As Jesus says,
“So I say to you, Ask, and it will be given to you; search, and you will find; knock, and the door will be opened for you. For everyone who asks receives, and everyone who searches finds, and for everyone who knocks, the door will be opened.”Luke 11:9-10 New Revised Standard Version
This is not about God answering prayers exactly as we expect, but it is a promise that in all of our petitions, God is there. When we ask, God will work with us to find the answer. When we knock, God will open a door to ensure we feel their presence. When we are searching for reasons, God shows up and walks alongside us. But we can do none of these things without this relationship with God.
God’s presence in our prayerful relationship reminds us that prayer is not a one-way street. We do not, and cannot, do all the talking in our relationship with God. I always like to tell people that prayer is three-fold, that is there are three aspects of prayer that are lived out in our relationship with God. That is talk, listen, and act.
To live a life of unceasing prayer means that we find ways to live into each of these, and to live into them in a way that brings balance to our life. We cannot expect to always talk to God and expect all our prayers to be answered. In the same way, we cannot just go out doing whatever we want and not sit back and have a conversation with God about God’s plan or vision for us and the community.
No, we must talk, that is address God, send petitions, praise and worship God, and ask God where we are being led. We must listen, this is the tough one because we want to control the conversation. We must be attuned to the voice of God in our lives and make room for God to speak to us. Lastly, we must act. Prayer is nothing if we are not called to action from our prayers. A prayerful life is the way in which we begin to understand God’s calling in our life. It is our primary means of discernment as we seek to live into and fulfill our place in God’s Kin-dom.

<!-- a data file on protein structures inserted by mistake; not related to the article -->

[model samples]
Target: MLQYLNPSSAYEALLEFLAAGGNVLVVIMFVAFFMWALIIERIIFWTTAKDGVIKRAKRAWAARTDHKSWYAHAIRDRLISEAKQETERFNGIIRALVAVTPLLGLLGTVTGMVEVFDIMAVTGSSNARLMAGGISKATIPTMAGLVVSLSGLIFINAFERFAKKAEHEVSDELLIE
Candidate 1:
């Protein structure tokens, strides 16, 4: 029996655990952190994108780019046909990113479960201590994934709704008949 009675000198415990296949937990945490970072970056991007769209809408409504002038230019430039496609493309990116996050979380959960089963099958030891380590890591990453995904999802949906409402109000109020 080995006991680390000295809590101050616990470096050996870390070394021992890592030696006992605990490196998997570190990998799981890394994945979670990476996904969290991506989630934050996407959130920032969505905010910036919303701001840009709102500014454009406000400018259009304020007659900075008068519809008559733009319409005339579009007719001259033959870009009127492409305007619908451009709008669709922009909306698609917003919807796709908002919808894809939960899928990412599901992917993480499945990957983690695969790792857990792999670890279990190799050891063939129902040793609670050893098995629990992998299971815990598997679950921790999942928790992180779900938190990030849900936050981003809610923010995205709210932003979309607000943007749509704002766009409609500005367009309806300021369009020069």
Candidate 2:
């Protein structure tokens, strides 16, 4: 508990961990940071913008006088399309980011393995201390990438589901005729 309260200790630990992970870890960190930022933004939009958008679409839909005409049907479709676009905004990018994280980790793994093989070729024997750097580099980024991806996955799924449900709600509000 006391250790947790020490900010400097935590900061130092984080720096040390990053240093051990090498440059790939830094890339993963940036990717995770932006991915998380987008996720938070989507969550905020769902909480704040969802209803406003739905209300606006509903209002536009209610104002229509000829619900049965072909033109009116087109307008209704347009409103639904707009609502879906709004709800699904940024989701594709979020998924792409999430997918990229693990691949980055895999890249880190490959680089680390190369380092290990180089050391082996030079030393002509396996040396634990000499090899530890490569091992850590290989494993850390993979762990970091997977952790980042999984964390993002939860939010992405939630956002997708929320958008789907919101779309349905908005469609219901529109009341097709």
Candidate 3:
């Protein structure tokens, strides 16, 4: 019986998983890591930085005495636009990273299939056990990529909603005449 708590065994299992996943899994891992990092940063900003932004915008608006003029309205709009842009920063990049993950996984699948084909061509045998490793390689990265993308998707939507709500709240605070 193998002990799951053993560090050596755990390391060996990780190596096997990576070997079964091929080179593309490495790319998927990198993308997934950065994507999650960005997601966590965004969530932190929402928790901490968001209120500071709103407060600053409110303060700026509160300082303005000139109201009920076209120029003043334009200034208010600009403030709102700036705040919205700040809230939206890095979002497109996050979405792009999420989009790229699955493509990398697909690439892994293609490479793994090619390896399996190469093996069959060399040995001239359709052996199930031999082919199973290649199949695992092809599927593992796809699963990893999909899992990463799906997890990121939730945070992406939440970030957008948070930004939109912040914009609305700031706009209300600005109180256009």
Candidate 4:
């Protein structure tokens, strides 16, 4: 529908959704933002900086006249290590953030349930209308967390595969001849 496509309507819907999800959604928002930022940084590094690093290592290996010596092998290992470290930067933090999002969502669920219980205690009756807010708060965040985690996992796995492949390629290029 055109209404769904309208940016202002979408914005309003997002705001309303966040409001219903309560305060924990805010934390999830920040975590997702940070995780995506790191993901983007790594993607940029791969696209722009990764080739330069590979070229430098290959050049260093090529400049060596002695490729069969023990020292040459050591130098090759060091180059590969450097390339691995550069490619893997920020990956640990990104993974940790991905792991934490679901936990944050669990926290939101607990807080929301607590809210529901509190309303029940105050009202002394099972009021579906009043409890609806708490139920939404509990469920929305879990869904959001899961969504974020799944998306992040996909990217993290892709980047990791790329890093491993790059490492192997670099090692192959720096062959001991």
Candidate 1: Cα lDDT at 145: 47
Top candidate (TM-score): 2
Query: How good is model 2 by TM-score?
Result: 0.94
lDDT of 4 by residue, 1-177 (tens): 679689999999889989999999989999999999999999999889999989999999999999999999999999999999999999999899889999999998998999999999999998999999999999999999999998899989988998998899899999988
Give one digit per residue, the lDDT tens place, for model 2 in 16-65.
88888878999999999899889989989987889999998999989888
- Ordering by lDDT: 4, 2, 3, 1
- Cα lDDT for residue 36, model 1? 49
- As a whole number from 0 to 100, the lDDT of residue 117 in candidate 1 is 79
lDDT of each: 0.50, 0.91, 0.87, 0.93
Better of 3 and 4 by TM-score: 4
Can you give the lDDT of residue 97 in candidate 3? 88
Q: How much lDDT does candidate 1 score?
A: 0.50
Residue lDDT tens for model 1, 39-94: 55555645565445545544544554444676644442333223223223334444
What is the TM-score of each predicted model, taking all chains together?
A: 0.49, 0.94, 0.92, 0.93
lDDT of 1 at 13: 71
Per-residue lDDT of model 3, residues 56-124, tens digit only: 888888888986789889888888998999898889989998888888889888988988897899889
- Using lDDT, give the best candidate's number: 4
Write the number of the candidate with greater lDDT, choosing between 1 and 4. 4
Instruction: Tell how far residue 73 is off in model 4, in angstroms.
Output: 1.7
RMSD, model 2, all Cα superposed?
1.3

The words of your prayers may look different to different people. Some of you may seek prayers that have been penned many centuries ago, or specific written by others in the church. Others of you may let it flow naturally from your being, using your own words to express what is in your heart. Know that at the heart of prayer is a state of being. We should not get bogged down in the words, but let God flow through us as we seek to live into, what I like to define as, the perfect embodiment of our relationship with God.
On his deathbed, Wesley said, “The best of all God is with us.”
These words remind us of this relationship and connection that calls us to pray without ceasing.
This week I want you to consider what the spiritual discipline of prayer and connection with God looks like in your life. I call on you to make that step to turn prayer into a state of being rather than just something done at specific times during the day. I call on you to pray in all manner and ways.
I call on you, the next time someone asks for someone to pray to remember how much of a joy prayer is in our lives and remember that it is just expressing your relationship with God.